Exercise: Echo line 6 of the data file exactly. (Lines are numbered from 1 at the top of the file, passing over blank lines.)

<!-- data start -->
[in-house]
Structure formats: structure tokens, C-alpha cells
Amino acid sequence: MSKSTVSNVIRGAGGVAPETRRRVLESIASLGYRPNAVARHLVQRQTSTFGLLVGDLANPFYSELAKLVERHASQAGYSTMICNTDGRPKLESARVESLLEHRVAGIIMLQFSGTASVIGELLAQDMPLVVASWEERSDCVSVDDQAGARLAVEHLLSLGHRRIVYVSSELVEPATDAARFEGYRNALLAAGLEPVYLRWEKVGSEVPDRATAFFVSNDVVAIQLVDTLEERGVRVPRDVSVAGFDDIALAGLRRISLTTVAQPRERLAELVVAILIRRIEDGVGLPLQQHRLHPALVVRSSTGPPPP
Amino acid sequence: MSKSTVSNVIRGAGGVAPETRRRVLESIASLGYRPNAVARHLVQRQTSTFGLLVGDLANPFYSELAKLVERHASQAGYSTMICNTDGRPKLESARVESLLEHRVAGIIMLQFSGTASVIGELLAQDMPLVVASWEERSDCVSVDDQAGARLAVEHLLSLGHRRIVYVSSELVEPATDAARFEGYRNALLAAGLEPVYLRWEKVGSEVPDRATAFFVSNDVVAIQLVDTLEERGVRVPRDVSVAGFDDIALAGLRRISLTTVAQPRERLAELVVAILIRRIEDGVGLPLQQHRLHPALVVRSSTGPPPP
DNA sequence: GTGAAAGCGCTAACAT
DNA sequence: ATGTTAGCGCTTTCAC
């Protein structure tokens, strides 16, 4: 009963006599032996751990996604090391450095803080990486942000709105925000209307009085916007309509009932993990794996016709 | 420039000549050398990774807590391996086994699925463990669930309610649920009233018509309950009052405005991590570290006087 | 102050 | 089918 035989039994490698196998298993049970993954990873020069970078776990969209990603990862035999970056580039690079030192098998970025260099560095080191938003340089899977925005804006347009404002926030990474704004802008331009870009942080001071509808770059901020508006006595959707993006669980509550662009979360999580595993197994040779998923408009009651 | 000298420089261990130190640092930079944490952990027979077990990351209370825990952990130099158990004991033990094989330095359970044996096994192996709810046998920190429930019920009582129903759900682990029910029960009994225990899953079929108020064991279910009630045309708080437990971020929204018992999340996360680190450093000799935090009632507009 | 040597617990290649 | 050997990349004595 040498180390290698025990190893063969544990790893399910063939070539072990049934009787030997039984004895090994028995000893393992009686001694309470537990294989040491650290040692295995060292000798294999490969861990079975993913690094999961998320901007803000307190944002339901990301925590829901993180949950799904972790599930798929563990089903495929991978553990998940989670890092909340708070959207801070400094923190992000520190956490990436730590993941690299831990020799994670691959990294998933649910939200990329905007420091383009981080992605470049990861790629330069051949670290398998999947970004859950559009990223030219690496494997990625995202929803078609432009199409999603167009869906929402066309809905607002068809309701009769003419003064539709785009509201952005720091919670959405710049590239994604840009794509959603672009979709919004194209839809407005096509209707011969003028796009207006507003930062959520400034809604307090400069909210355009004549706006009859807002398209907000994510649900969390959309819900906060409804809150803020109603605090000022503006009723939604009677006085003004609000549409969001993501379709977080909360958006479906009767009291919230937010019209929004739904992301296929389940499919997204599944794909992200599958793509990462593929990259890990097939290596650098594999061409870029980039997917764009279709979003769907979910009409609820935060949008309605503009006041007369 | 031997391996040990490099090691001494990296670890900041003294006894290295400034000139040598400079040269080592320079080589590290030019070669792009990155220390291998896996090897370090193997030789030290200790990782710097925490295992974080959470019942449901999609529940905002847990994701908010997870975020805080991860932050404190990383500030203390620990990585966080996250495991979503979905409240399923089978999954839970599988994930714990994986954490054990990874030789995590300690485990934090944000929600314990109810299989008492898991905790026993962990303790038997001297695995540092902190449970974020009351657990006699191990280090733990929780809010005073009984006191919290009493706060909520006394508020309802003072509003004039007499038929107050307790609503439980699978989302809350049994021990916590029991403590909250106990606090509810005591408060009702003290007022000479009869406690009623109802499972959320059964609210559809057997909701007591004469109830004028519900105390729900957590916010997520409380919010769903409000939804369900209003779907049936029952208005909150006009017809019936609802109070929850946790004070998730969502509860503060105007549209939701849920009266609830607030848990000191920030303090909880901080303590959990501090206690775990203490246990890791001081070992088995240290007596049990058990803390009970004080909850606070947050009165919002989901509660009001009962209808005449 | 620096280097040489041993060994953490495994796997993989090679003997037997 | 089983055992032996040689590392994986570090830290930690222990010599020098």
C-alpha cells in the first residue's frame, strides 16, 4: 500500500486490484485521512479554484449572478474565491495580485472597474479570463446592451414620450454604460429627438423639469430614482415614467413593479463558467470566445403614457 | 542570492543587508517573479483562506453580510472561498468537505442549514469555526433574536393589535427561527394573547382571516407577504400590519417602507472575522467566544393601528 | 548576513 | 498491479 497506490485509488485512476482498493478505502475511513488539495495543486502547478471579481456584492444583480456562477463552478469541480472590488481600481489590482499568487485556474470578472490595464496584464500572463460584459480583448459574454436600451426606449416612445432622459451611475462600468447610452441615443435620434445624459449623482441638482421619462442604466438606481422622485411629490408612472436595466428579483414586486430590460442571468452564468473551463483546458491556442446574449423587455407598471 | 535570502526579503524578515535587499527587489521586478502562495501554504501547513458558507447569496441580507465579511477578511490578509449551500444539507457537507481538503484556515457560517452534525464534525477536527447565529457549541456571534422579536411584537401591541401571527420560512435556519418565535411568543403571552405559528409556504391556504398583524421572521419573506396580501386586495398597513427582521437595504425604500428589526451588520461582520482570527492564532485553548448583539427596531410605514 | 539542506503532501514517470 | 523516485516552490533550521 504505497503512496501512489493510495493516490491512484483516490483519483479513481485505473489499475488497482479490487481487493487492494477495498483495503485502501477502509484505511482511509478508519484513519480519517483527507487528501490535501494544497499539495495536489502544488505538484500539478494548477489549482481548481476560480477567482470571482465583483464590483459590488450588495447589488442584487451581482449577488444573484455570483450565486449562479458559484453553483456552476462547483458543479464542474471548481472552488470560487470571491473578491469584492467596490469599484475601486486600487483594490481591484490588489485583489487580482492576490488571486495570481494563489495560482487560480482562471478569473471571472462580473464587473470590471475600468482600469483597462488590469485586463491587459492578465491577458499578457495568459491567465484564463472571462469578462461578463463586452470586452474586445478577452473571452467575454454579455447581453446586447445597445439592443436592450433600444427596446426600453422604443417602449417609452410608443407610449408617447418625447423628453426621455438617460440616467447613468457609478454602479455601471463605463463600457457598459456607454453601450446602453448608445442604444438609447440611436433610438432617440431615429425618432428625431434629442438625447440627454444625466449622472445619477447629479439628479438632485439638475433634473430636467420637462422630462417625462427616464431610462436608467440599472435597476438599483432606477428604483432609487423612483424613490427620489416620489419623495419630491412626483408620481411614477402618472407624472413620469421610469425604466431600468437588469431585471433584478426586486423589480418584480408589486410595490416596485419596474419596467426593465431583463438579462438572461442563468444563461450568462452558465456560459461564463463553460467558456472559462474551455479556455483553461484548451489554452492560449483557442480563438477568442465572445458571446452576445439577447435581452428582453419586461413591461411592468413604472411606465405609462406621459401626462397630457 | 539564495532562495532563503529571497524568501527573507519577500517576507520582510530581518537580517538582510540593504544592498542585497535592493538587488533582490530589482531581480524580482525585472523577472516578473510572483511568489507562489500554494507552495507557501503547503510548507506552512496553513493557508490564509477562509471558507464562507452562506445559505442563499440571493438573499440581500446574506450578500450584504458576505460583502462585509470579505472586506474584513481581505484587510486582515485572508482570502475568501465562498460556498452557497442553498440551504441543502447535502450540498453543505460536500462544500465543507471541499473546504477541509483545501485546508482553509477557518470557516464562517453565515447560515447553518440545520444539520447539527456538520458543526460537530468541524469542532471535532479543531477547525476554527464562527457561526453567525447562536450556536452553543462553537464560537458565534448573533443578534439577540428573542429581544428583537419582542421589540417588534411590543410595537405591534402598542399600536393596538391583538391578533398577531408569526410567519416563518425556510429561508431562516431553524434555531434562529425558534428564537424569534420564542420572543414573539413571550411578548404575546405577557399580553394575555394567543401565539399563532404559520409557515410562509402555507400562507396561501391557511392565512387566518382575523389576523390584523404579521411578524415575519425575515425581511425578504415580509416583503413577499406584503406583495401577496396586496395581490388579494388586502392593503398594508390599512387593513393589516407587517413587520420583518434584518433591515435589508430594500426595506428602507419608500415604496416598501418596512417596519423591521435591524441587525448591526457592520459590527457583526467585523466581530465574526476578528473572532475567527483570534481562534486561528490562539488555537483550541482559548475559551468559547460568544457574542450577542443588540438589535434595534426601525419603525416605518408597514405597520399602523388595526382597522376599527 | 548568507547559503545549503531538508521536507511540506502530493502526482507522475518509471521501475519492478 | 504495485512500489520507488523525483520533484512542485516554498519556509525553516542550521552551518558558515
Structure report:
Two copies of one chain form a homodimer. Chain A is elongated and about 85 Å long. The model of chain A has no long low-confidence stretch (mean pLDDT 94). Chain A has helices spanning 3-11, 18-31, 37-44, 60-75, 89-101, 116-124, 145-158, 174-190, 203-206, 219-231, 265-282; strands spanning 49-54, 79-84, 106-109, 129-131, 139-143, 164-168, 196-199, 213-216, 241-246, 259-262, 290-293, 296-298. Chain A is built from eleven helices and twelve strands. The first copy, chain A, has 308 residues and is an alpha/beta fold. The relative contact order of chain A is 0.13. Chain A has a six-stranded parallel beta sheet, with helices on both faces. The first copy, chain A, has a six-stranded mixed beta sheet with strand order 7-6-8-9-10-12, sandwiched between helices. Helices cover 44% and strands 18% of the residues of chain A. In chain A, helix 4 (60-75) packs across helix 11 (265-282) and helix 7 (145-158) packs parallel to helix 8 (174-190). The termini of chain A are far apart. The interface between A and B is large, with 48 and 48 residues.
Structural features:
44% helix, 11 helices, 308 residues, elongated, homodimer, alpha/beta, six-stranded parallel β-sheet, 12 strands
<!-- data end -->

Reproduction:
DNA sequence: ATGTTAGCGCTTTCAC